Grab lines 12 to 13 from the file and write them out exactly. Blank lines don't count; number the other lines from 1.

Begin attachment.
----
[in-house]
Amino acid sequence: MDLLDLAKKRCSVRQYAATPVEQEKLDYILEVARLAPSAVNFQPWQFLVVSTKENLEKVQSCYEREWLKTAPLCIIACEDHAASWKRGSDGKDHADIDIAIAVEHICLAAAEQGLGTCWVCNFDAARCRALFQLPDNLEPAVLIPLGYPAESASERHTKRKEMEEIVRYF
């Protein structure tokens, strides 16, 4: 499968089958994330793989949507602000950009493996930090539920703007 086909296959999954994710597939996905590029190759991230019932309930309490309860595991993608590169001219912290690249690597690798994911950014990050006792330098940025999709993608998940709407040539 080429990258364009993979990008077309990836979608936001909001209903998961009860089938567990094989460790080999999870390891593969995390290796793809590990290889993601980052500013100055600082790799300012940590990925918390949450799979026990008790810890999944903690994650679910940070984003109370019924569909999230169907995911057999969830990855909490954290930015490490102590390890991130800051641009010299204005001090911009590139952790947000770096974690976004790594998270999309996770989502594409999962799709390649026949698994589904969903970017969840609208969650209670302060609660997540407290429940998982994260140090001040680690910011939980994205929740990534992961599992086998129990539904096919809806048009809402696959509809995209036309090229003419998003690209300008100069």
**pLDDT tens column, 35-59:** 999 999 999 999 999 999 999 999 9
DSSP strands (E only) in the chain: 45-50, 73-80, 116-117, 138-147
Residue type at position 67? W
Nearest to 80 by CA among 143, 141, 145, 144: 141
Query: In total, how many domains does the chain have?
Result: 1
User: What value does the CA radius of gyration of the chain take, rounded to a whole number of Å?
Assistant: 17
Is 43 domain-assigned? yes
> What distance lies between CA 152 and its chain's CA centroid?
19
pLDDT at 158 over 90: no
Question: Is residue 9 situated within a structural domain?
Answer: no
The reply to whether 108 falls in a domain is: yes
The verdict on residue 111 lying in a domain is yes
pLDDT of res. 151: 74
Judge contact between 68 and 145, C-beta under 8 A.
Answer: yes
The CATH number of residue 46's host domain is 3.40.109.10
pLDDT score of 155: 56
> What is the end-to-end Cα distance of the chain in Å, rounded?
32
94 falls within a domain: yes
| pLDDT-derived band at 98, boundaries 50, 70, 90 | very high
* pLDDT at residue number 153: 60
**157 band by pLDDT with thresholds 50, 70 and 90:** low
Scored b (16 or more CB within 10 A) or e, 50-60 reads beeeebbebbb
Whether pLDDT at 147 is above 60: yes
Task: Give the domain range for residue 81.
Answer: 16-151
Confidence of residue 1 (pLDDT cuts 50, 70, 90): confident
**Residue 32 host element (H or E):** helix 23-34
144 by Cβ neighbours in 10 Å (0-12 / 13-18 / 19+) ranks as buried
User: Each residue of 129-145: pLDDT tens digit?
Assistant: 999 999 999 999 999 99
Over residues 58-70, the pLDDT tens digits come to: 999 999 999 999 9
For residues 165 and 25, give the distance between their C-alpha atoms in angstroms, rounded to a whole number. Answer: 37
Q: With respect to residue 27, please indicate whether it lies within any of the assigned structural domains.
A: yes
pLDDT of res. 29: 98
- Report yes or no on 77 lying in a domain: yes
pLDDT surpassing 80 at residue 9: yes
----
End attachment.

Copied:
Is 43 domain-assigned? yes
> What distance lies between CA 152 and its chain's CA centroid?